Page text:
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Archive for March 30th, 2014

Interesting Information: Coalition of States for Mandatory GMO Labeling

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Interesting Information:  March 30, 2014

Coalition of States for Mandatory GMO Labeling

The following states have joined together to form the above coalition:

Arizona, California, Connecticut, Florida, Hawaii Idaho, Massachusetts, Minnesota, New Jersey, North Carolina, Oregon, Pennsylvania, Vermont, Virginia, and Washington.

Why isn’t Maine part of this Coalition?  

Probably because we have a very strange governor in Paul LePage–who stated publicly that the worst BPA could do was to make women have mustaches…

Why isn’t YOUR state–especially since

90 percent of the American people want a national GMO labeling law.  

We have a right to know what’s in our food!

Why don’t we have a national GMO labeling law?

Why did the FDA just rule that they thought it would be ok for industry to CHOOSE to label GMOs?

Follow the money…

* * *


MoveOn.org has a petition you can sign…



State list taken from the Well Being Journal, January/February 2013, 10.


Written by louisaenright

March 30, 2014 at 3:43 pm

Interesting Information: Scientific Studies Validate Sustainable Organic Agriculture

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Interesting Information:  March 28, 2014

“Scientific Studies Validate Sustainable Organic Agriculture”

Andre Leu


One of the big news stories of 2013 was the appearance in the media of the results of the 12-year study out of Iowa State University (ISU) showing that “organic systems can have equal to higher yields than conventional systems” (30).   This article , by Andre Leu, in Wellbeing Journal, January/February 2013, 27-34, lists and discusses many of the studies, including the 12-year ISU study, that show that organic systems are superior to commercial systems that deploy chemicals for both plant growth and weed control.  The studies Leu lists are both national and international–which forestalls the argument that commercial agriculture might be ok in the developing world.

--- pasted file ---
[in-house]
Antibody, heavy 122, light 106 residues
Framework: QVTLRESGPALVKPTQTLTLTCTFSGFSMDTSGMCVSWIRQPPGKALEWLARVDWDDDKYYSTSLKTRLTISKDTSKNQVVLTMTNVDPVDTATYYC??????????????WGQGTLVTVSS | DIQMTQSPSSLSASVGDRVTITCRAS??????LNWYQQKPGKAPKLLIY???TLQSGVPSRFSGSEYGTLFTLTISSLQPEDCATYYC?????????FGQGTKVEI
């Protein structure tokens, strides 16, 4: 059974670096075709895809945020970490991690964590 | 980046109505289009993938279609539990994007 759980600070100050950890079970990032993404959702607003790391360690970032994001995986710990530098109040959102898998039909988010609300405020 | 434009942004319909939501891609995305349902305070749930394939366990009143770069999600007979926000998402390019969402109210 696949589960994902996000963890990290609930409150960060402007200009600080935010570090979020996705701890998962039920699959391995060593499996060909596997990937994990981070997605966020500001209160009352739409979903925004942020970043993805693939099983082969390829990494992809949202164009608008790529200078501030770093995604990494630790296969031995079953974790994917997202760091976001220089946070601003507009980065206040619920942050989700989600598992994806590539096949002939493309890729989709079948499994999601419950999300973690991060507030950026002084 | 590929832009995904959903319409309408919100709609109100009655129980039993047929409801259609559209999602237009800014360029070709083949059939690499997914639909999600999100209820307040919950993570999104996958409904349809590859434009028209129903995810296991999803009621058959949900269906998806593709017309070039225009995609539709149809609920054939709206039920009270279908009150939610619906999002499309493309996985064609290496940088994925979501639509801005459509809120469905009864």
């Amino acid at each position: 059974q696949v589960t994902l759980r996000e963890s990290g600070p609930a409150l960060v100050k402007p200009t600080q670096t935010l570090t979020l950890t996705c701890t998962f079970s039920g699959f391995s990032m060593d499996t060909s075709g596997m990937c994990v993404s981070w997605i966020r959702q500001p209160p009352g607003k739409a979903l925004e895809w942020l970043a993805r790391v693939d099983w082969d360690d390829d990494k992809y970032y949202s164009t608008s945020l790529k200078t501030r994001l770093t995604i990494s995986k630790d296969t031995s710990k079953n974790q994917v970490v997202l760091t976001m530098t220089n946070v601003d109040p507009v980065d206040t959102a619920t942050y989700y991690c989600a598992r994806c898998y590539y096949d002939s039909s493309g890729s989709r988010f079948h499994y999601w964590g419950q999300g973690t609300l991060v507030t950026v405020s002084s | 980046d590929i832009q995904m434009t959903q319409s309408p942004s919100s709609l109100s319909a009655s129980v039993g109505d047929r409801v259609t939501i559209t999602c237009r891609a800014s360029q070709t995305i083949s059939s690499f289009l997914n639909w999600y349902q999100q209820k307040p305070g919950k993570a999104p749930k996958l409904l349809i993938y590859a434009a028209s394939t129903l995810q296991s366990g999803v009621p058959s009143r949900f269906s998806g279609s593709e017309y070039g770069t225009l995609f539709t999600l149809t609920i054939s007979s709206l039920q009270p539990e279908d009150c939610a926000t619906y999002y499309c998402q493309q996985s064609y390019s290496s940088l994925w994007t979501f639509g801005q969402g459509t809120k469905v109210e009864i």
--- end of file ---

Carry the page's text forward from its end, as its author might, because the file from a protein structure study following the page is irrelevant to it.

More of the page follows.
Leu begins with studies from the mid-90s, and the reader begins to realize that the science for organic systems has been there for years, but that we aren’t reading about that science in our media in any sustained way.  For instance, the Iowa study ended in, I believe, 2011, but the story didn’t break in any major way until 2013.

Here’s Leu’s synopsis of the ISU study:

The results from the Long Term Agroecological Research (LTAR), a 12-year collaborative effort between producers and researchers led by Kathleen Delate of Iowa State University, shows that organic systems can have equal to higher yields than conventional systems

Consistent with several other studies, the data showed that while the organic systems had lower yields in the beginning, by the fourth year they started to exceed the conventional crops.

Across all rotations, organic corn harvests averaged 130 bu/ac while conventional corn yield was 112 bu/ac.  Similarly, organic soybean yield was 45 bu/ac compared to the conventional yield of 40 bu/ac in the fourth year.

On average, the organic crop revenue was twice that of conventional crops due to the savings from non-utilization of chemical fertilizers and pesticides (30).

Here’s another assessment of the Iowa Trials from the Leopold Center for Sustainable Agriculture:

LTAR’s findings concur with recently published results from the Rodale Institute’s 30-year Farming Systems Trial in Pennsylvania. The Rodale Institute also concluded that organic systems can provide similar yields and greater profits. In addition, they calculated that organic crops required 45 percent less energy, and contributed significantly less to greenhouse gas emissions. Organic corn proved especially profitable during drought years, when its yields jumped up to 31 percent higher than conventional.